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Working for food you don’t desire. Cues interfere with goal-directed food-seeking

Overview of attention for article published in Appetite, August 2014
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About this Attention Score

  • Above-average Attention Score compared to outputs of the same age (62nd percentile)

Mentioned by

4 tweeters
1 Redditor


57 Dimensions

Readers on

160 Mendeley
Working for food you don’t desire. Cues interfere with goal-directed food-seeking
Published in
Appetite, August 2014
DOI 10.1016/j.appet.2014.04.005
Pubmed ID

P. Watson, R.W. Wiers, B. Hommel, S. de Wit


Why do we indulge in food-seeking and eating behaviors at times when we are already fully sated? In the present study we investigated the hypothesis that food-associated cues in the environment can interfere with goal-directed action by eliciting food-seeking that is independent of the current desirability of the outcome. To this end, we used a computerized task in which participants learned to press keys for chocolate and popcorn rewards. Subsequently, we investigated whether satiation on one of these rewards would bias choice toward the other, still desirable, food reward. We found that satiation did indeed selectively reduce responding on the associated key in the absence of food-associated cues. In contrast, in a Pavlovian-instrumental transfer (PIT) test, satiation failed to reduce cue-elicited food-seeking: in line with our hypothesis, cues that had previously been paired with chocolate and popcorn led to increased responding for the signaled food reward, independent of satiation. Furthermore, we show that food-associated cues will not only bias choice toward the signaled food (outcome-specific transfer), but also enhance the vigor of responding generally (general transfer). These findings point to a mechanism that may underlie the powerful control that cues in our obesogenic environment exert over our behavior.

Twitter Demographics

The data shown below were collected from the profiles of 4 tweeters who shared this research output. Click here to find out more about how the information was compiled.

Mendeley readers

The data shown below were compiled from readership statistics for 160 Mendeley readers of this research output. Click here to see the associated Mendeley record.

Geographical breakdown

Country Count As %
Germany 3 2%
Italy 2 1%
Japan 1 <1%
United States 1 <1%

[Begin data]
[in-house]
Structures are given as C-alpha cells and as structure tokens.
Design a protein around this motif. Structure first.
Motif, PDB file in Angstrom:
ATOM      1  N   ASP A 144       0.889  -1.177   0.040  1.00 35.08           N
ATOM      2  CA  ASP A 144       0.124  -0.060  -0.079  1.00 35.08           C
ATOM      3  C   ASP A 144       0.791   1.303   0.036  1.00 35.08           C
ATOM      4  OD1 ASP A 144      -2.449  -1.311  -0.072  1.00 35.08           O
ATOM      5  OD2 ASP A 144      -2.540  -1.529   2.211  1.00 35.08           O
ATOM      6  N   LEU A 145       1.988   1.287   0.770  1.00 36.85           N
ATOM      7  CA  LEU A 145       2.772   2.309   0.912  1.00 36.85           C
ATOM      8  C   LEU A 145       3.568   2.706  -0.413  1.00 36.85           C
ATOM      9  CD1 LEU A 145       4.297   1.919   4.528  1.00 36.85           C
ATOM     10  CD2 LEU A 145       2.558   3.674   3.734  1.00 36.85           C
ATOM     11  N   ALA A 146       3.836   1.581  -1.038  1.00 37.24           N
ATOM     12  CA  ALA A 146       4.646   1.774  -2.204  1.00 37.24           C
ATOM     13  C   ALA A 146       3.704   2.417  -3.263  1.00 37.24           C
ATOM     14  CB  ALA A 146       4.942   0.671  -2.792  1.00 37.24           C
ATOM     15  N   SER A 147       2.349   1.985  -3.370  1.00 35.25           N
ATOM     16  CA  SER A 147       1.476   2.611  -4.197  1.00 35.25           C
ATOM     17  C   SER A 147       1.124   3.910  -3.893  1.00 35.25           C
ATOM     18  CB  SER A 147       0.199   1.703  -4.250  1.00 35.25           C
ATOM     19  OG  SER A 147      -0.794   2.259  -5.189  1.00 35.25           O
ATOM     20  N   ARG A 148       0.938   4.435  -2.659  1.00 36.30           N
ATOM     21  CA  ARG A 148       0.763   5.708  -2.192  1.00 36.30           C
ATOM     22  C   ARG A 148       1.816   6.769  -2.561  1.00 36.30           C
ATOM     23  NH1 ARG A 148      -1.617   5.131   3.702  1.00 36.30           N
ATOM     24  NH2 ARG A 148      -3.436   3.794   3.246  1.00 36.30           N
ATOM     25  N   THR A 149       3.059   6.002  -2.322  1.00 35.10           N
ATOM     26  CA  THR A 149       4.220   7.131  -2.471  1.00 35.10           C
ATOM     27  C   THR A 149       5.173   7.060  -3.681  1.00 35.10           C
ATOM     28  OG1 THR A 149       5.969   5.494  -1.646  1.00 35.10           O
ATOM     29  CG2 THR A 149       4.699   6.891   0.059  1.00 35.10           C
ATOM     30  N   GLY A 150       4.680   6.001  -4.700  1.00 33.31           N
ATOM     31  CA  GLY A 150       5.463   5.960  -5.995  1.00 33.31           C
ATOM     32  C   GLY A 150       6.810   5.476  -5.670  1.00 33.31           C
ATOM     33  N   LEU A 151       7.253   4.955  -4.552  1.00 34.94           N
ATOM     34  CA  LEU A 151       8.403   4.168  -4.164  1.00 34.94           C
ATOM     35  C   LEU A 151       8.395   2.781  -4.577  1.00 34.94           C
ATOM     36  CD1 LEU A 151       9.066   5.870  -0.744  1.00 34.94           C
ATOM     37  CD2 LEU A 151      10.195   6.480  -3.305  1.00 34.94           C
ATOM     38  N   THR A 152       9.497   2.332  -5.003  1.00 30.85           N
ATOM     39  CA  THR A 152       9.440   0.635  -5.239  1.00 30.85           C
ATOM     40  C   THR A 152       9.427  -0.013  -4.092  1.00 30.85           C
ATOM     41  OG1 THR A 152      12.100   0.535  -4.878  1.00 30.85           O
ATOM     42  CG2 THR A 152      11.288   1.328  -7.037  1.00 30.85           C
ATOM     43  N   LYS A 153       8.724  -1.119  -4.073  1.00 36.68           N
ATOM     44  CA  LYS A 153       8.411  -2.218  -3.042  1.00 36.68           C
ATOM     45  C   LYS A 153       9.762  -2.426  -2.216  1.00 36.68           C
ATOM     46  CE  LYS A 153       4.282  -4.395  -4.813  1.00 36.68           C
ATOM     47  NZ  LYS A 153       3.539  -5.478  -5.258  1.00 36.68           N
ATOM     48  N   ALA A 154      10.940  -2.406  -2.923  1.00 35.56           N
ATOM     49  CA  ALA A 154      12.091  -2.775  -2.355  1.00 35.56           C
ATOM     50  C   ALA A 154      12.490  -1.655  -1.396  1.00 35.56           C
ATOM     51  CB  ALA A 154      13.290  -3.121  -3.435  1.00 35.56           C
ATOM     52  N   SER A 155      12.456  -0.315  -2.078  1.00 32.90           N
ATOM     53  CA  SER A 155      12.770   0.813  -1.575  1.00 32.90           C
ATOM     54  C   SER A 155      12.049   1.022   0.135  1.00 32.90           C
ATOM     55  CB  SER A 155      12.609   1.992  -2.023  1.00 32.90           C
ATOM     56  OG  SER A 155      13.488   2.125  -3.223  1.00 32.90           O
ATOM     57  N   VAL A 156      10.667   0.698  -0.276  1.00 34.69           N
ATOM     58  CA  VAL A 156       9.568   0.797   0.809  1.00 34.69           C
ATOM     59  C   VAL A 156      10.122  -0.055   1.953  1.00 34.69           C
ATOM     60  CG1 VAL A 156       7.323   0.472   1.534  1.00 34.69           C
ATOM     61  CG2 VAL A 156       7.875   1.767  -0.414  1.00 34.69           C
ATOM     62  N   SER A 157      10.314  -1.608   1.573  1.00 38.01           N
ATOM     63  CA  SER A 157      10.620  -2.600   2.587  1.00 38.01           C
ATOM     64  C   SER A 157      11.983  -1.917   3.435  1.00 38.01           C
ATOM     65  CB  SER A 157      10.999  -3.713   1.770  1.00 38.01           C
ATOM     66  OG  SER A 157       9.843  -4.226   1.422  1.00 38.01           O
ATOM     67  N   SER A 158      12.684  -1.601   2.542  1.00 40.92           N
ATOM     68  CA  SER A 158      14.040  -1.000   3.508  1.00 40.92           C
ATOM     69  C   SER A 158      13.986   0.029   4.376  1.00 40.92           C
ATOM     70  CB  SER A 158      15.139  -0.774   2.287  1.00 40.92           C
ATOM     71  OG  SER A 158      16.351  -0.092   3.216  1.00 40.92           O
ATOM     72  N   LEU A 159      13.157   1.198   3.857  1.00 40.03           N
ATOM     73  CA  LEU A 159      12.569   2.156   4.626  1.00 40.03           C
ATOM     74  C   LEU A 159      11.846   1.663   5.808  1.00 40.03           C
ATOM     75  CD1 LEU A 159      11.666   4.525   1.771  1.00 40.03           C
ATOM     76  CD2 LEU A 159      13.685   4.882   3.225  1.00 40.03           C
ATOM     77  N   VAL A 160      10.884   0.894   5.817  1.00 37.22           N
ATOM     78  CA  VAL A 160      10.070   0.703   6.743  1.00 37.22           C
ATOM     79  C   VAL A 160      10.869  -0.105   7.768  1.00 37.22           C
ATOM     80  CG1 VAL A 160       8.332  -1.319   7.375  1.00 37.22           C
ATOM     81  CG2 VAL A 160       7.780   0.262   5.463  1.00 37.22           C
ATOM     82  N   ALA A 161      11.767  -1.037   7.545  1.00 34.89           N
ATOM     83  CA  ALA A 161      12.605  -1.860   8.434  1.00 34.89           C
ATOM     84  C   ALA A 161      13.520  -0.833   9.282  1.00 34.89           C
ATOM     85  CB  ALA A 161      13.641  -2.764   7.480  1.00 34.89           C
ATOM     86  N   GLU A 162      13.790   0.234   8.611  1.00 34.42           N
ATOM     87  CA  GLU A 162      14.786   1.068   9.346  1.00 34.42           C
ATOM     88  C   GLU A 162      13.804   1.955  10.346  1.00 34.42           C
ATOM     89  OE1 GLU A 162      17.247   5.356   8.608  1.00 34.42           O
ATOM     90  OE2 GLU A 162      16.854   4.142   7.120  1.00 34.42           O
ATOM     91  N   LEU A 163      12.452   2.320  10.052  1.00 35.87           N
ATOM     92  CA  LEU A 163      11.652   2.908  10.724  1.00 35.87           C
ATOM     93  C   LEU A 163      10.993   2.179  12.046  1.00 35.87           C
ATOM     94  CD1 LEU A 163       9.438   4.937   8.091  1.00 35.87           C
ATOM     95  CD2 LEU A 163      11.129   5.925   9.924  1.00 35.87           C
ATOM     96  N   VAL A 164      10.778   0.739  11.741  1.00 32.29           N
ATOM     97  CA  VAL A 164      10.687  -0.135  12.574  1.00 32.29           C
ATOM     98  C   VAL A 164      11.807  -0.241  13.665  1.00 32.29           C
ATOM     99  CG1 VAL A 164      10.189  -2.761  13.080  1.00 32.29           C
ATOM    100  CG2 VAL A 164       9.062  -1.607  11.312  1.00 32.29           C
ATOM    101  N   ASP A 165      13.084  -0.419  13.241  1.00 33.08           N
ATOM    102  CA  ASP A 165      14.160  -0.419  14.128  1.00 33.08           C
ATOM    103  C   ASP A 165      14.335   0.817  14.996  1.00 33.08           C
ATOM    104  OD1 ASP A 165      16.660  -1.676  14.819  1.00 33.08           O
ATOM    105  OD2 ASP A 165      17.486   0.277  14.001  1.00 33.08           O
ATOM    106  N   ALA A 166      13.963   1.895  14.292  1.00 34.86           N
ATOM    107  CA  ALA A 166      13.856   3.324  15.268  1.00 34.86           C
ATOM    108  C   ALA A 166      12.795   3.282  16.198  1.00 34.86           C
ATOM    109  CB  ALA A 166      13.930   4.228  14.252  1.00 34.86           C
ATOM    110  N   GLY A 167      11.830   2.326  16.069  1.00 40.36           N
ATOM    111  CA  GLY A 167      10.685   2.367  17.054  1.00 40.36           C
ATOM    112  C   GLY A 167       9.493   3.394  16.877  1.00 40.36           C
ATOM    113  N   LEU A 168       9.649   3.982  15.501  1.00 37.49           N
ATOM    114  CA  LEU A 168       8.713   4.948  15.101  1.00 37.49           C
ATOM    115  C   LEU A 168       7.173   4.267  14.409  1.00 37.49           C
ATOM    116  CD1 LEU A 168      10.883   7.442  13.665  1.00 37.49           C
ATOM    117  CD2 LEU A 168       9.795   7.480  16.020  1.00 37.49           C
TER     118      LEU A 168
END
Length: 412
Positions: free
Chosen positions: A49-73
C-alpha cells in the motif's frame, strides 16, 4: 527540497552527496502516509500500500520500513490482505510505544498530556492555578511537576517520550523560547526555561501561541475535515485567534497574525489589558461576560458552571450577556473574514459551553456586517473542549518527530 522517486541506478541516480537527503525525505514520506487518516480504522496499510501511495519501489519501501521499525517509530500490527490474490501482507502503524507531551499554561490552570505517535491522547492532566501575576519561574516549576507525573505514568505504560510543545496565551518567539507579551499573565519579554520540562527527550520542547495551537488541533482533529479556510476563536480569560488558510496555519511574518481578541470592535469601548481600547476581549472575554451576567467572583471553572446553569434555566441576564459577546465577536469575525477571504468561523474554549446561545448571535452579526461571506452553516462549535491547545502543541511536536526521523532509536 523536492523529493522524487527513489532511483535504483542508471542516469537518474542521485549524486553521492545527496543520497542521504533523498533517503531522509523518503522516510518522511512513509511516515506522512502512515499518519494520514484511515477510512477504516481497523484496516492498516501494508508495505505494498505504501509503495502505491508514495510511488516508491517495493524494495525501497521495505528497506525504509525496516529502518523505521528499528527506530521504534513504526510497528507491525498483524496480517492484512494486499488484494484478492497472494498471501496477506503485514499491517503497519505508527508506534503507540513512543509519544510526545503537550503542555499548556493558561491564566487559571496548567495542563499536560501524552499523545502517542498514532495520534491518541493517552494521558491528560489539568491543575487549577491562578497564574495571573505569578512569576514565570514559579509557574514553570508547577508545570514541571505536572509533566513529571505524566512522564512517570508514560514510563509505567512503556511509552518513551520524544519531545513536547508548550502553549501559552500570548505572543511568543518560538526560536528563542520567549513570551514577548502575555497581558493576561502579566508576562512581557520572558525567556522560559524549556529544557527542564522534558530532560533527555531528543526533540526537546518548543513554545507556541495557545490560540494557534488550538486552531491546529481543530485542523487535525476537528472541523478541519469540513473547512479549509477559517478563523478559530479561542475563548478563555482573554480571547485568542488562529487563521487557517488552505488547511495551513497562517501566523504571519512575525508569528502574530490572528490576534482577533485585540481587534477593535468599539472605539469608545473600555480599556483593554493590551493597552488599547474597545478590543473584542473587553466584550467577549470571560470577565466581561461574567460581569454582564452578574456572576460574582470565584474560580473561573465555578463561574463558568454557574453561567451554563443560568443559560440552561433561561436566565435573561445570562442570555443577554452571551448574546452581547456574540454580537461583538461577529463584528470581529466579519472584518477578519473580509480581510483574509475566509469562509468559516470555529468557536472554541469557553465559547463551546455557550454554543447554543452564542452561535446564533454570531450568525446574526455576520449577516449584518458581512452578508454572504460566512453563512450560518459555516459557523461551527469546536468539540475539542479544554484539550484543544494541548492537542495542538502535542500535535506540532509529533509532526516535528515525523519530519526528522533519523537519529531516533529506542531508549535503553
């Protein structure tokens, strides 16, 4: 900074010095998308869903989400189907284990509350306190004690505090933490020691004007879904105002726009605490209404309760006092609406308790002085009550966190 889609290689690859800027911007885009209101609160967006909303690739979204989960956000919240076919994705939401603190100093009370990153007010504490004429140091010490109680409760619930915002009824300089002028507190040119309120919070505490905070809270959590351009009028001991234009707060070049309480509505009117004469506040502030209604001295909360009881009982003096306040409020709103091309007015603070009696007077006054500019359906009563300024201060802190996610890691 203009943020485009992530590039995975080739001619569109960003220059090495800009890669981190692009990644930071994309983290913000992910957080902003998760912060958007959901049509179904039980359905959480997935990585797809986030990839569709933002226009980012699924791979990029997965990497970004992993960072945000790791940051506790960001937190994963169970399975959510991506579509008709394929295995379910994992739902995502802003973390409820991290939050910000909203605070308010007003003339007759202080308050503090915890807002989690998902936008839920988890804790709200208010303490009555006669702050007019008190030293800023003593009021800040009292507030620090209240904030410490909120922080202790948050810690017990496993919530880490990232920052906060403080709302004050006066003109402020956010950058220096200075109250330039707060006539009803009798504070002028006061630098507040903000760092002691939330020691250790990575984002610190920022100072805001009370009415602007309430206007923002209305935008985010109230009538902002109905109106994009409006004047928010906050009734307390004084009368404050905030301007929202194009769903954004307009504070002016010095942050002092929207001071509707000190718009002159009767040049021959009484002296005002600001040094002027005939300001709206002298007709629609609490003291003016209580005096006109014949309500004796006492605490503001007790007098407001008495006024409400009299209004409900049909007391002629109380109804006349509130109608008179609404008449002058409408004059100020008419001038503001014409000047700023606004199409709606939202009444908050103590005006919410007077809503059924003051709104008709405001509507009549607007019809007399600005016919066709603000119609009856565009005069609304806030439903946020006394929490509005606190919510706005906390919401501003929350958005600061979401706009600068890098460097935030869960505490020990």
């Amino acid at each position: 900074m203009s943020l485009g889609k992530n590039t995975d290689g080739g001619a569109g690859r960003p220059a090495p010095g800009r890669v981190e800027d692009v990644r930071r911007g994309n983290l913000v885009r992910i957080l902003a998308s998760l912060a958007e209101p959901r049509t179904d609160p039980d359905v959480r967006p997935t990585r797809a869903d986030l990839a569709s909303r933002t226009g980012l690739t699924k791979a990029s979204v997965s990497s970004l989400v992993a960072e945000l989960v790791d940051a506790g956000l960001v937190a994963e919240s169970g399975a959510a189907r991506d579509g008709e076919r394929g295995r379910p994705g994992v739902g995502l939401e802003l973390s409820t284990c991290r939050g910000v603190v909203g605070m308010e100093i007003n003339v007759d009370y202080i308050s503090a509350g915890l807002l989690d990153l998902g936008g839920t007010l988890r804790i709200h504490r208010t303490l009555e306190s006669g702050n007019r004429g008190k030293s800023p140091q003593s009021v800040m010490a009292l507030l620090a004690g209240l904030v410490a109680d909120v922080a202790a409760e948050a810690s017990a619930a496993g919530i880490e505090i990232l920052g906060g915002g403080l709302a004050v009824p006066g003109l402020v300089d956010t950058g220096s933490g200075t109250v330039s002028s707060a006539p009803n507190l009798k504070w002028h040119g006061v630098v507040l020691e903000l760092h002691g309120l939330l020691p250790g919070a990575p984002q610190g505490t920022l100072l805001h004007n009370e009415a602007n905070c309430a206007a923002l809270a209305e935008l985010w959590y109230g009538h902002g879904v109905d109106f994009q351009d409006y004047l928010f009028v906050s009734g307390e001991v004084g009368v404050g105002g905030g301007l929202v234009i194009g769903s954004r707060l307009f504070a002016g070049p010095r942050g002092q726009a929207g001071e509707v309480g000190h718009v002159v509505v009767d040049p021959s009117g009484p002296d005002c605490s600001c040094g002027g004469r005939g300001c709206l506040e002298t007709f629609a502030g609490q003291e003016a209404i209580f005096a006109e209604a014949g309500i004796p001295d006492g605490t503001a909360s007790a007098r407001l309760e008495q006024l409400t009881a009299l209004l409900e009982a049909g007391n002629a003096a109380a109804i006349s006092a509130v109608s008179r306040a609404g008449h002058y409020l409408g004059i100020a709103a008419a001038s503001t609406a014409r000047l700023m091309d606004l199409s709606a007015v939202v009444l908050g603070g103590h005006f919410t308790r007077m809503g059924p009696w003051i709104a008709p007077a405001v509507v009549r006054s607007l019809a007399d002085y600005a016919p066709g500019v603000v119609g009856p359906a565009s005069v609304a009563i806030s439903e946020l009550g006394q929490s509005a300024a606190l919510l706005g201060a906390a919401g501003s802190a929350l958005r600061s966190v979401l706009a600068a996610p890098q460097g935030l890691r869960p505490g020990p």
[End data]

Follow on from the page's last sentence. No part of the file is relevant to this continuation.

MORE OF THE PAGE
Netherlands 1 <1%
Unknown 152 95%

Demographic breakdown

Readers by professional status Count As %
Student > Ph. D. Student 44 28%
Researcher 21 13%
Student > Bachelor 20 13%
Student > Master 20 13%
Professor > Associate Professor 18 11%
Other 37 23%
Readers by discipline Count As %
Psychology 79 49%
Unspecified 17 11%
Neuroscience 16 10%
Agricultural and Biological Sciences 15 9%
Medicine and Dentistry 13 8%
Other 20 13%

Attention Score in Context

This research output has an Altmetric Attention Score of 3. This is our high-level measure of the quality and quantity of online attention that it has received. This Attention Score, as well as the ranking and number of research outputs shown below, was calculated when the research output was last mentioned on 04 September 2014.
All research outputs
of 12,033,966 outputs
Outputs from Appetite
of 2,858 outputs
Outputs of similar age
of 192,467 outputs
Outputs of similar age from Appetite
of 40 outputs
Altmetric has tracked 12,033,966 research outputs across all sources so far. This one is in the 47th percentile – i.e., 47% of other outputs scored the same or lower than it.
So far Altmetric has tracked 2,858 research outputs from this source. They typically receive a lot more attention than average, with a mean Attention Score of 18.1. This one is in the 35th percentile – i.e., 35% of its peers scored the same or lower than it.
Older research outputs will score higher simply because they've had more time to accumulate mentions. To account for age we can compare this Altmetric Attention Score to the 192,467 tracked outputs that were published within six weeks on either side of this one in any source. This one has gotten more attention than average, scoring higher than 62% of its contemporaries.
We're also able to compare this research output to 40 others from the same source and published within six weeks on either side of this one. This one is in the 17th percentile – i.e., 17% of its contemporaries scored the same or lower than it.